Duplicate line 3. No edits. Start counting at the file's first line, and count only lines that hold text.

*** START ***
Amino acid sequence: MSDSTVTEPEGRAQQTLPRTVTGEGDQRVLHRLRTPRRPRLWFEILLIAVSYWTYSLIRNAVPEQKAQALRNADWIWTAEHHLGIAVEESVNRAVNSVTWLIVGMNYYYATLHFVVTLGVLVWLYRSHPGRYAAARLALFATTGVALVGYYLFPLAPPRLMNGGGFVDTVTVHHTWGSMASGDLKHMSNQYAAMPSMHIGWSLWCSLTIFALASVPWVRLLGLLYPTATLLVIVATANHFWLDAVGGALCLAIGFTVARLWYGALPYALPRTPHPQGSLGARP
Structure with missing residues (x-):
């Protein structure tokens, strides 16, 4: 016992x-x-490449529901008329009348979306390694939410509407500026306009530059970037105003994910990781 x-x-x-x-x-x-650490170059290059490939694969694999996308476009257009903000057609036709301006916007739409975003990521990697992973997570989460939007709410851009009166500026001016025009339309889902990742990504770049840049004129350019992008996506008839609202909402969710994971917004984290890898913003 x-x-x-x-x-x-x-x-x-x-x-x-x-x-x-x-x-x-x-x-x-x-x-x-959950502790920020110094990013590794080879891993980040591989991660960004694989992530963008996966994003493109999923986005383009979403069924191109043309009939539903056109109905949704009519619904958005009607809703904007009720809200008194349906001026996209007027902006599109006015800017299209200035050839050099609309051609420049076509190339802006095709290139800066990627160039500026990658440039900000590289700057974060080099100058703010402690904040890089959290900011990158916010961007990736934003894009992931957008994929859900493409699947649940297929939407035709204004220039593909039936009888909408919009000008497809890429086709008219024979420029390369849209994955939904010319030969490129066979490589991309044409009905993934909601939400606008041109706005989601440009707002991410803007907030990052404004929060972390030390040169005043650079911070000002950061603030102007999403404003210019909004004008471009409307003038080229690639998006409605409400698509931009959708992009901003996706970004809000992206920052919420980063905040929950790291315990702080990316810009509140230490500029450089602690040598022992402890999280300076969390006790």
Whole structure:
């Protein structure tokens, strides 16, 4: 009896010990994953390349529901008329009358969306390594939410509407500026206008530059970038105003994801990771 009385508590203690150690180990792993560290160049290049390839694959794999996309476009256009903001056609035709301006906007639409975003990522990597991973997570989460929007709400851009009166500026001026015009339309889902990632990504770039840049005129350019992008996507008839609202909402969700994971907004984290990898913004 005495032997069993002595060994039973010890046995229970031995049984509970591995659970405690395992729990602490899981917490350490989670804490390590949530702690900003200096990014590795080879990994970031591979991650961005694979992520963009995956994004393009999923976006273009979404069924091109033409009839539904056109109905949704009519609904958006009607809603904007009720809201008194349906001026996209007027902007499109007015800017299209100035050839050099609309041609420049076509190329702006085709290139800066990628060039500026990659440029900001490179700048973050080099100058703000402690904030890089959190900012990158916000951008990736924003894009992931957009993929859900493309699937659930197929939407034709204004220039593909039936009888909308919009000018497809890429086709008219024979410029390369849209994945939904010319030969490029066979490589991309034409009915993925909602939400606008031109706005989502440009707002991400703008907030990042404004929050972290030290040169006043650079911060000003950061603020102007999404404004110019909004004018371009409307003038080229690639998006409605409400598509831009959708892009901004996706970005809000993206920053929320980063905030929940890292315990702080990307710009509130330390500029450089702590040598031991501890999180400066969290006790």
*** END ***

């Protein structure tokens, strides 16, 4: 016992x-x-490449529901008329009348979306390694939410509407500026306009530059970037105003994910990781 x-x-x-x-x-x-650490170059290059490939694969694999996308476009257009903000057609036709301006916007739409975003990521990697992973997570989460939007709410851009009166500026001016025009339309889902990742990504770049840049004129350019992008996506008839609202909402969710994971917004984290890898913003 x-x-x-x-x-x-x-x-x-x-x-x-x-x-x-x-x-x-x-x-x-x-x-x-959950502790920020110094990013590794080879891993980040591989991660960004694989992530963008996966994003493109999923986005383009979403069924191109043309009939539903056109109905949704009519619904958005009607809703904007009720809200008194349906001026996209007027902006599109006015800017299209200035050839050099609309051609420049076509190339802006095709290139800066990627160039500026990658440039900000590289700057974060080099100058703010402690904040890089959290900011990158916010961007990736934003894009992931957008994929859900493409699947649940297929939407035709204004220039593909039936009888909408919009000008497809890429086709008219024979420029390369849209994955939904010319030969490129066979490589991309044409009905993934909601939400606008041109706005989601440009707002991410803007907030990052404004929060972390030390040169005043650079911070000002950061603030102007999403404003210019909004004008471009409307003038080229690639998006409605409400698509931009959708992009901003996706970004809000992206920052919420980063905040929950790291315990702080990316810009509140230490500029450089602690040598022992402890999280300076969390006790």